The spring the willow long has marked has been there an estimated 9,000 years and was long a sacred site for the indigenous people, probably preceding the current Anishinaabe and Dakota people. It was once Camp Coldwater, an adjunct to Fort Snelling. Troops and settlers were quartered there and water was hauled up to the fort, with a pumping system deployed in later years. It was a source of water for the fort from 1820 to 1920.
From the 1950s to 1991 it was an important Department of Interior, Bureau of Mines research center. The site was transferred to the Park Service in 2010. When MnDOT rebuilt the Highway 55 interchange they did so without the required environmental assessment, claiming that they would prevent any harm to the spring. Their illegal action caused a loss of more than 27,500 gallons a day. The spring is currently flowing about 90,000 gallons a day.
Much has been written about the site:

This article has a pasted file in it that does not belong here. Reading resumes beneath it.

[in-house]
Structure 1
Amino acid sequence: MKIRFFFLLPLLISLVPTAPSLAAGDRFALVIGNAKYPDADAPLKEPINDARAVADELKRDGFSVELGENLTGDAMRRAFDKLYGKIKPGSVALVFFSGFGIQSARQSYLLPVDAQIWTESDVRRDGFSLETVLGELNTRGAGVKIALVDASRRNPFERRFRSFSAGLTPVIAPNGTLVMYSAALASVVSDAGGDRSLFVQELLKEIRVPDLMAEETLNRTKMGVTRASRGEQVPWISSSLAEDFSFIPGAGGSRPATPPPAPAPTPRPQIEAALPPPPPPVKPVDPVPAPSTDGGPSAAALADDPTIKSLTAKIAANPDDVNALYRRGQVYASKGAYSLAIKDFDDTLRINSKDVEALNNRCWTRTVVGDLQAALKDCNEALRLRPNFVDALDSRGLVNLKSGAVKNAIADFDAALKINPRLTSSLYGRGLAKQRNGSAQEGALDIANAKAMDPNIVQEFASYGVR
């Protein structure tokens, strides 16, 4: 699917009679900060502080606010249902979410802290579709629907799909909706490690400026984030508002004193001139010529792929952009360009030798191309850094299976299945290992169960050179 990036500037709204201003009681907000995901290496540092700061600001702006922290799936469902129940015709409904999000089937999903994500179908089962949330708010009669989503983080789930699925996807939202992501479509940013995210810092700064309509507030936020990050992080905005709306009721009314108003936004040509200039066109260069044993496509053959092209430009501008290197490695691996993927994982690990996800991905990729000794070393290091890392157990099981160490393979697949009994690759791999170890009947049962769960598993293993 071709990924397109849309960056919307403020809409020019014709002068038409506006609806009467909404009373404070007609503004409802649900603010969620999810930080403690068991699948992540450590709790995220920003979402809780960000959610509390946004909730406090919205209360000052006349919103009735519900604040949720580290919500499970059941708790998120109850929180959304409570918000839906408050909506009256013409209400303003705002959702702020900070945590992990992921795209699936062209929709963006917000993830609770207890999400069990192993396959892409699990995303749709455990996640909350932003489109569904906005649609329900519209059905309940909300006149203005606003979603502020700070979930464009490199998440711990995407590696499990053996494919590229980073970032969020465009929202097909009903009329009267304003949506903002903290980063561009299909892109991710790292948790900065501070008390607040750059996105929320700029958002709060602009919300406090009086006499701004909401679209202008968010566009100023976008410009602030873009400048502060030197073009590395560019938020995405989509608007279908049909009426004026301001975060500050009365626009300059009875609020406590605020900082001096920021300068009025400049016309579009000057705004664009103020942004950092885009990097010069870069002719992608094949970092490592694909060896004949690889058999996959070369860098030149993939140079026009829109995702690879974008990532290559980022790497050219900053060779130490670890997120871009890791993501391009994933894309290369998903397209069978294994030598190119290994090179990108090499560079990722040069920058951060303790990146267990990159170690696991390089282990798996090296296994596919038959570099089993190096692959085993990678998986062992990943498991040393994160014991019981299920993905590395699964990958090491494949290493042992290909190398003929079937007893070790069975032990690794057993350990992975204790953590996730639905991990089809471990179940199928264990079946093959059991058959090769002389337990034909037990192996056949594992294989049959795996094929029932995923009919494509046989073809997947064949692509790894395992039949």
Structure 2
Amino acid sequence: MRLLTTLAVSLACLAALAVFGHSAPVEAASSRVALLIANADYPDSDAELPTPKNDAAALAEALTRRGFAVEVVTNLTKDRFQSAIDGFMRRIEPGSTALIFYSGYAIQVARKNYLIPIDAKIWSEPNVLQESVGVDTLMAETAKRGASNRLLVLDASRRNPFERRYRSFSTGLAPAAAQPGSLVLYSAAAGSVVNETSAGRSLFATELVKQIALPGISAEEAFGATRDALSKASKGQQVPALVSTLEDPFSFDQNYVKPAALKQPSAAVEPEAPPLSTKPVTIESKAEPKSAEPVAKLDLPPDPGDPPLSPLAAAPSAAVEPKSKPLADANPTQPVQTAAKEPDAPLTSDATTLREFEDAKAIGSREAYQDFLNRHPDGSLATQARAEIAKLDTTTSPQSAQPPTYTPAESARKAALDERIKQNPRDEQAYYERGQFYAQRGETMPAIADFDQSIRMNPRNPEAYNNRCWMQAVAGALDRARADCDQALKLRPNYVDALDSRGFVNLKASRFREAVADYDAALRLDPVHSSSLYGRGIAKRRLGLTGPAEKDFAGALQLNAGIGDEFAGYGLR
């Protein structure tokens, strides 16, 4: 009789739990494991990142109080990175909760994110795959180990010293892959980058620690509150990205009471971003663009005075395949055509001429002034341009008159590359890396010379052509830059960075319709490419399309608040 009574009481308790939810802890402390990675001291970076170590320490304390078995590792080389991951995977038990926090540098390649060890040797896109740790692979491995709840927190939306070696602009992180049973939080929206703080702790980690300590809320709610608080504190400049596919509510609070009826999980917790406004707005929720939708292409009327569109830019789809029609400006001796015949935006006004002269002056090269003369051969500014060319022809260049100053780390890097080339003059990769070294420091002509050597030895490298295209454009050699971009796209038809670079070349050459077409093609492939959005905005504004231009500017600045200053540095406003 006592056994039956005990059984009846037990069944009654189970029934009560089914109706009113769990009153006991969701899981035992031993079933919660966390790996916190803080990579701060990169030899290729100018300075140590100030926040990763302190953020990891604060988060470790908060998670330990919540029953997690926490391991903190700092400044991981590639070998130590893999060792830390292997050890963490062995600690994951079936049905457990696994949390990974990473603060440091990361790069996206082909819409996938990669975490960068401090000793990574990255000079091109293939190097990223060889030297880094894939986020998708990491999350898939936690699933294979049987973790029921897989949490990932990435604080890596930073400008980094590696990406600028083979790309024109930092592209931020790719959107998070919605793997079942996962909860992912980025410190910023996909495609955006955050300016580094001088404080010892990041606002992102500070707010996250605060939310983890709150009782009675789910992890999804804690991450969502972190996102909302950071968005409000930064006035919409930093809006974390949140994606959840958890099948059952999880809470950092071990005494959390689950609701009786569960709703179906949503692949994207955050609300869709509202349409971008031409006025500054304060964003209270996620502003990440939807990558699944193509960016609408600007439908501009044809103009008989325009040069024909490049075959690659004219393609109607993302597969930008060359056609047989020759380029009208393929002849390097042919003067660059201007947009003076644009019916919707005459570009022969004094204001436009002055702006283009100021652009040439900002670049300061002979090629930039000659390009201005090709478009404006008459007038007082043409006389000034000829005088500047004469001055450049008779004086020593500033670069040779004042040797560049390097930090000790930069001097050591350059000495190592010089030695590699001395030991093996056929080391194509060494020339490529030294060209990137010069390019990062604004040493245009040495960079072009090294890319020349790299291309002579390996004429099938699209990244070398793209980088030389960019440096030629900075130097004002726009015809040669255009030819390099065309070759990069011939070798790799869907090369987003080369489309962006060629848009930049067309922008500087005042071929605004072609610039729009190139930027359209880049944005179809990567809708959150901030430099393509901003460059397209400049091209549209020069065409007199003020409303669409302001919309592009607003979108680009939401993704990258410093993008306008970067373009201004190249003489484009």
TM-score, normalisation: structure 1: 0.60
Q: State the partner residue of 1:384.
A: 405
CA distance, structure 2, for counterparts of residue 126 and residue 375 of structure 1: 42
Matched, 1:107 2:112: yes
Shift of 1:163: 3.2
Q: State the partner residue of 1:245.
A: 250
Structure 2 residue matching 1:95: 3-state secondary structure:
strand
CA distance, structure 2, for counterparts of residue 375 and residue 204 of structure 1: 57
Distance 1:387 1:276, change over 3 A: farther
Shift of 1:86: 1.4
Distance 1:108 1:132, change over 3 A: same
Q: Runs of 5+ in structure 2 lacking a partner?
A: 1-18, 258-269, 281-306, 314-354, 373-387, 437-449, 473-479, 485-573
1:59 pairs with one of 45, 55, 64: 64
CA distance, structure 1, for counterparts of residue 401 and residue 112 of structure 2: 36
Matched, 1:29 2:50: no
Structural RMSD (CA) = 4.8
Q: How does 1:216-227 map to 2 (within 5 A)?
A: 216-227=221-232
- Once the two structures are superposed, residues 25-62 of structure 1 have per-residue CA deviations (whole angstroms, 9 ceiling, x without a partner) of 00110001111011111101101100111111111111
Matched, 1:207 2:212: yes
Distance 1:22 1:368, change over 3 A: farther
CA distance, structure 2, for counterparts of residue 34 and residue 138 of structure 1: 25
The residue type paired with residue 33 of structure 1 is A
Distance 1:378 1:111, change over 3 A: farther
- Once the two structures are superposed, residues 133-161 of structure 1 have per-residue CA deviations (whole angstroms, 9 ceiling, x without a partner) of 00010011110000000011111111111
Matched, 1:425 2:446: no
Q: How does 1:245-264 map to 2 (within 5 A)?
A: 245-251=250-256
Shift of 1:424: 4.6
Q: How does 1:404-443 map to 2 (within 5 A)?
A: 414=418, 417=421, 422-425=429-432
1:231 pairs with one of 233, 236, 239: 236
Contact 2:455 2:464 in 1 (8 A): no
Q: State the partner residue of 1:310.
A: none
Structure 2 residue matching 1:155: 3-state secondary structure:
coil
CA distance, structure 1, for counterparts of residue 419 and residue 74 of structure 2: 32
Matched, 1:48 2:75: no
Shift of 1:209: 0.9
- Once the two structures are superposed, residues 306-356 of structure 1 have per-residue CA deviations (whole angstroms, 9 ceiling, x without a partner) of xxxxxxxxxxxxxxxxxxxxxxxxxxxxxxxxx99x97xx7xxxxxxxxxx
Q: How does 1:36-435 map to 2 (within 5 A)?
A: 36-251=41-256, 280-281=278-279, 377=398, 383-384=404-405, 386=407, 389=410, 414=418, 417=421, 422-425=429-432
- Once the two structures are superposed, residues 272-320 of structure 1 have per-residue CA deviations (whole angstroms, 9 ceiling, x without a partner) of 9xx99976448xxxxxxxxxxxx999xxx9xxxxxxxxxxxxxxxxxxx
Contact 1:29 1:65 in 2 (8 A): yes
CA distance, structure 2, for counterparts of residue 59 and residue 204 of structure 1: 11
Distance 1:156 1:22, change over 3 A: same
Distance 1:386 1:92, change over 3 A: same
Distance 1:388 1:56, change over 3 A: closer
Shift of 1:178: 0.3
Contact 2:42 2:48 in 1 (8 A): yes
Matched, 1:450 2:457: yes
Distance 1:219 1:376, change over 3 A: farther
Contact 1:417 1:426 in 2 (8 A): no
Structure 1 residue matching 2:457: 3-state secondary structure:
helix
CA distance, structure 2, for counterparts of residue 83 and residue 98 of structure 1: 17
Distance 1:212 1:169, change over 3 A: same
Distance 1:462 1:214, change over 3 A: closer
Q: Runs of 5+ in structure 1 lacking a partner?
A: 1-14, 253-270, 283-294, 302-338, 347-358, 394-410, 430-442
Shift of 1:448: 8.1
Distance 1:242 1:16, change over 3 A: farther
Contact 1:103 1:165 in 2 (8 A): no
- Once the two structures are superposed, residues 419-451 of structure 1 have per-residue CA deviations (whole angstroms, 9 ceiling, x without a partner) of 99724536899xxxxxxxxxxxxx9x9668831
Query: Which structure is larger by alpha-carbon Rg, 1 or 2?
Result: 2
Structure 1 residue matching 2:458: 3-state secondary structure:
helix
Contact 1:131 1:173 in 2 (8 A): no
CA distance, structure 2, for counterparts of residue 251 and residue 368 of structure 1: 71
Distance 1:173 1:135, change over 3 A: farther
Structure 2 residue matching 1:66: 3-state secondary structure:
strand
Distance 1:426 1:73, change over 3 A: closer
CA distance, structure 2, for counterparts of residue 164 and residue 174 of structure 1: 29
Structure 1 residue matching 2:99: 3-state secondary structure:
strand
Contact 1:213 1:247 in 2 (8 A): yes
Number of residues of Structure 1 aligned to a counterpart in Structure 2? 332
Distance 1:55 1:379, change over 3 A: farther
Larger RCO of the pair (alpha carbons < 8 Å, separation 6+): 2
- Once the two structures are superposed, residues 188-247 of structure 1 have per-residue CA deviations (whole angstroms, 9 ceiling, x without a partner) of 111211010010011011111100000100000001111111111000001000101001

A history of Camp Coldwater.
Friends of Coldwater.
Minnesota Public Radio did a major feature on it in 2006.
Susu Jeffrey, found of Friends of Coldwater, led a group to visit the old willow before it was to be removed. She has lobbied, worked and written for the preservation of this historic area. One example.
The visitors sprinkled a circle of corn meal around the tree, celebrating its life and vitality. Some branches were clipped to be sprouted for future descendants of the tree.
Plans for development remain uncertain as Congress wrestles wiht budget issues and there is a group in Congress that wants to cancel all such project. Thus the sacred spring and its environs are left in disarray.